Today (August 30) in London History – The Miser

The greatest miser in London history died on August 30th, 1852. This Today in London History podcast tells the tale.


London calling.

London Walks connecting.

London Walks here with your daily London fix.

Story time. History time.

Step forward John Camden Neild.

We’re doing John Camden Neild for several reasons today. 

First of all, the peg. John Camden Neild died today, August 30th, 1852. 

But beyond that, we’re doing John Camden Neild because he was very much a son of London. How’s the saying go, Some Mothers do have ‘em.

And we’re doing him because the splendid house he lived and died in is still very much there. It’s on Cheyne Walk in Chelsea. We go by it on our Chelsea walk. 

And we’re doing him because he was all over London, which I suppose is what you’d expect of a son of London. He was born in St. James’ Street, the son of a successful jeweller who became an important prison reformer. He was called to the bar at Lincoln’s Inn. Etc. 

And we’re doing John Camden Neild because he was a real-life sorcerer’s apprentice. It’s just so far-fetched, his story – you can’t quite believe it. About as off-the-wall as, I don’t know, the Queen winning the Lottery. The guy had some kind of moxie. Let alone mojo. And we’re doing John Camden Neild because I really didn’t want to do racial strife in Notting Hill in 1958.

Let alone a riot at the Notting Hill carnival in 1976 or Queen Elizabeth banning football in the streets of London in 1572.

Mainly though we’re doing John Camden Neild because bad times, they’re a-coming: cholera and that fatal car crash in Paris 25 years ago and the Great Fire of London and the start of World War II and the Blitz and the mindless barbarism that kicked off in September 1547 and on it goes. Heading out into those waters gets me down, makes me, well, grim visage’d.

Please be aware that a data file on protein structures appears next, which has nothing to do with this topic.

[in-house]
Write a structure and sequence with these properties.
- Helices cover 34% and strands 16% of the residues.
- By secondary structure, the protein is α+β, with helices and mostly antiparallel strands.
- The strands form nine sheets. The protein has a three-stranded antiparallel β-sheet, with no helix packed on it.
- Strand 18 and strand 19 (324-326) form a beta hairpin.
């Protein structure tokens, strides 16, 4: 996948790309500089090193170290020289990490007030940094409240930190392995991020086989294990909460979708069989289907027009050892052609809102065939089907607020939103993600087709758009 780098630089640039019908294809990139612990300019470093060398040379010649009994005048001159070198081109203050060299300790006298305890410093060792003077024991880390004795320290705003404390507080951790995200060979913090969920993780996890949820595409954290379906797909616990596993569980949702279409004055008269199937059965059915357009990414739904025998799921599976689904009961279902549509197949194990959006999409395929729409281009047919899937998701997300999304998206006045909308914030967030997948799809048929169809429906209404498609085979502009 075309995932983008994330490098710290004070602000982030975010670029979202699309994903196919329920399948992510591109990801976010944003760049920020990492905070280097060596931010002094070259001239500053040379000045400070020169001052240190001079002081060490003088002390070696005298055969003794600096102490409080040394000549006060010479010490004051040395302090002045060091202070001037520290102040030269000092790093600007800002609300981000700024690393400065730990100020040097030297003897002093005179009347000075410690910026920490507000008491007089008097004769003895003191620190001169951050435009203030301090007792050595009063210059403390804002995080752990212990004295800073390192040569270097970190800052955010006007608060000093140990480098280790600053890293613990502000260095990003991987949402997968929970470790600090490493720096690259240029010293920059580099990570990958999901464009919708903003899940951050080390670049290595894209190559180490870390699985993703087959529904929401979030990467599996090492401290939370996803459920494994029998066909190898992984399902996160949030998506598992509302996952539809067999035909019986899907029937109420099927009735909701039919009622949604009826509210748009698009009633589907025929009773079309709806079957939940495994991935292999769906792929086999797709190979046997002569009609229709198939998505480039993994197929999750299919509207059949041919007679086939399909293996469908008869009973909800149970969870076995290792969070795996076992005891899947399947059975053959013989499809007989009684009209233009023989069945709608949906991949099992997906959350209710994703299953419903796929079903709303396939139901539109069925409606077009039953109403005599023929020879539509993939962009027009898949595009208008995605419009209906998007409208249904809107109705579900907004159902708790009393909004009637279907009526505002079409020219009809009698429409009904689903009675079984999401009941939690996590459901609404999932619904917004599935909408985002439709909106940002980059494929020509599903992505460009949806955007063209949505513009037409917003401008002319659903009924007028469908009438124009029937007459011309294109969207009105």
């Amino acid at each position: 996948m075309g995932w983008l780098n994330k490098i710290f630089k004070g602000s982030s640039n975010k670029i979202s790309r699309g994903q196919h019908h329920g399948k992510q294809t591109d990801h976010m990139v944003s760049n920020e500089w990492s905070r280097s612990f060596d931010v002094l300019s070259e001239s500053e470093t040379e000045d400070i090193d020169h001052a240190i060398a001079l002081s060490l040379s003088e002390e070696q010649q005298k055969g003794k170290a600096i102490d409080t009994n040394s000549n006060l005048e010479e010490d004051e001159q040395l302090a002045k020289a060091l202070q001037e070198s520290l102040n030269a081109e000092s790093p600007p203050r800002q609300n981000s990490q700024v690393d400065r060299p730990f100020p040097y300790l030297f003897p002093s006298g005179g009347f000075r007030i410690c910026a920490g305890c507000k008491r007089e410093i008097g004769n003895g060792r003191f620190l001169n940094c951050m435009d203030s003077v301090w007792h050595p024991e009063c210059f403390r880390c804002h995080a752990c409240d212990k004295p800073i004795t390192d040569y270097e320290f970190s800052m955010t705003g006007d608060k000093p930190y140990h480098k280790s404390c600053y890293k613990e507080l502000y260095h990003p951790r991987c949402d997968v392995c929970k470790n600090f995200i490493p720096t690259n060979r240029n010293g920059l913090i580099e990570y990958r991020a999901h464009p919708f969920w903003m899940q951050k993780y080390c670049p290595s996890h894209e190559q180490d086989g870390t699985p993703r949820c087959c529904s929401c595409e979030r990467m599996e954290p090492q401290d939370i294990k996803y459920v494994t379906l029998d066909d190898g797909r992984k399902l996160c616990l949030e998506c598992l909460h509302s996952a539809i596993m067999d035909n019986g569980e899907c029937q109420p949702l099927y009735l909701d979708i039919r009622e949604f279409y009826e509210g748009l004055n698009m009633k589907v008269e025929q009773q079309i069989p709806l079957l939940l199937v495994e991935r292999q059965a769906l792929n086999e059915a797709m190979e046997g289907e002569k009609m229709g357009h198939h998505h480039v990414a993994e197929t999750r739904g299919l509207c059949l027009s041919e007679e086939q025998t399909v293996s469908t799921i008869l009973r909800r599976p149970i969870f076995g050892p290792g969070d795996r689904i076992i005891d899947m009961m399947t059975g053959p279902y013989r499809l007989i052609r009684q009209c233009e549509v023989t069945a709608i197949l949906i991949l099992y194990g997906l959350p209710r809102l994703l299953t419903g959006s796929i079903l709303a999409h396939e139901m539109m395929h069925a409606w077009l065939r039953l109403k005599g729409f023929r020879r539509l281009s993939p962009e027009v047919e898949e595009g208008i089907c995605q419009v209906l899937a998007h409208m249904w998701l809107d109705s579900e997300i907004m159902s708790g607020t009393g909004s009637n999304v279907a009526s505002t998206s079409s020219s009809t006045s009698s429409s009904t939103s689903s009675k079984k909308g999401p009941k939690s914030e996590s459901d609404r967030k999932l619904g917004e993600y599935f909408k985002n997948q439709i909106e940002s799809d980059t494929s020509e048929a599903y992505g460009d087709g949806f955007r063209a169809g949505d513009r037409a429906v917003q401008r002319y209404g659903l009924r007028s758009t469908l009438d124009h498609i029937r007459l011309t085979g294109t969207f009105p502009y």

So John Camden Neild is just what the doctor ordered. Barking mad he was and given the week we’ve got ahead of us that makes him something of a teddy bear. He’s a comfort. Of sorts. 

Ok, so who was he? Why do we remember this Chelsea barrister?

He was London’s most remarkable miser, that’s why.

In 1814 he inherited the whole of his wealthy father’s property, estimated at £250,000. That’d be about £25 million pounds in today’s money. It included numerous estates, so it was, by definition, income-producing. And for the rest of his life – nearly 30 years – that inherited fortune was sacrosanct. John Camden Neild grudged every single penny of it. That splendid house in Chelsea – it was so meanly furnished John Camden Neild didn’t have a bed to sleep on and there was no way he was going to buy one. Why spend good money on a bed when you’ve got a floor to sleep on? Same went for his clothes. Poor people only had one set of clothes because that was all they could afford. Well, to John Camden Neild’s way of thinking one set of clothes was all he was going to afford. He never allowed his clothes to be brushed because, he said, it destroyed the nap and made them wear out faster. A beggar would have spurned the patched old shoes he wore. He never went to the expense of a greatcoat. His only protection from the rain was an old green cotton umbrella. He’d regularly visit his numerous estates. He’d walk there whenever it was possible to do so. He’d stay with his tenants. Sometimes for as long as a month. Staying with them saved on coals and candles and food. Well, it was a saving for him. It sure wasn’t a saving for his tenants, having him under their roof for a month. I say their roof but it was of course his roof because they were renting from him. 

He was driven almost spare by the North Marston church affair. He was the landlord, the lessee of the rectory at North Marston, which meant he was responsible for the upkeep of the church and the rectory. The chancel of the church had fallen into a sad state of ruin. Its leaded roof was full of holes and fissures and had to be repaired. But lead doesn’t go on trees. A few strips of lead – that was going to set John Camden Neild back a couple of shillings. He wasn’t having that. He insisted that the holes and fissures be mended with 40 strips of painted cloth.